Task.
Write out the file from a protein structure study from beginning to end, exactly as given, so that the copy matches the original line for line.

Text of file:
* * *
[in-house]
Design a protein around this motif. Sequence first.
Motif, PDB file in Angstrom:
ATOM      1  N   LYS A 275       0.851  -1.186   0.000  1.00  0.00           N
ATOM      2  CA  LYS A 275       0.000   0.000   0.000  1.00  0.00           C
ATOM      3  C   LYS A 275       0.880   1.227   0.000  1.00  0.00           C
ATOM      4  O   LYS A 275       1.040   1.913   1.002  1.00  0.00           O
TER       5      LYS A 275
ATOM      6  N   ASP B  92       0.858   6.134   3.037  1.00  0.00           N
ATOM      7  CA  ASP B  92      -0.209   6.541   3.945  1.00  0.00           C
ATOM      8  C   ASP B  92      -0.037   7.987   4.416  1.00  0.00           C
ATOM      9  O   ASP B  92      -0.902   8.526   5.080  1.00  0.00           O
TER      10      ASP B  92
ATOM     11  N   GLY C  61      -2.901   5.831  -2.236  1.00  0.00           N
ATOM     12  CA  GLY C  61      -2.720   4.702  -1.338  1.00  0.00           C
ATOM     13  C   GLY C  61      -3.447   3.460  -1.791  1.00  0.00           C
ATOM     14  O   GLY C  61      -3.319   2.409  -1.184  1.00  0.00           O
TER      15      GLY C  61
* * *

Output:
[in-house]
Design a protein around this motif. Sequence first.
Motif, PDB file in Angstrom:
ATOM      1  N   LYS A 275       0.851  -1.186   0.000  1.00  0.00           N
ATOM      2  CA  LYS A 275       0.000   0.000   0.000  1.00  0.00           C
ATOM      3  C   LYS A 275       0.880   1.227   0.000  1.00  0.00           C
ATOM      4  O   LYS A 275       1.040   1.913   1.002  1.00  0.00           O
TER       5      LYS A 275
ATOM      6  N   ASP B  92       0.858   6.134   3.037  1.00  0.00           N
ATOM      7  CA  ASP B  92      -0.209   6.541   3.945  1.00  0.00           C
ATOM      8  C   ASP B  92      -0.037   7.987   4.416  1.00  0.00           C
ATOM      9  O   ASP B  92      -0.902   8.526   5.080  1.00  0.00           O
TER      10      ASP B  92
ATOM     11  N   GLY C  61      -2.901   5.831  -2.236  1.00  0.00           N
ATOM     12  CA  GLY C  61      -2.720   4.702  -1.338  1.00  0.00           C
ATOM     13  C   GLY C  61      -3.447   3.460  -1.791  1.00  0.00           C
ATOM     14  O   GLY C  61      -3.319   2.409  -1.184  1.00  0.00           O
TER      15      GLY C  61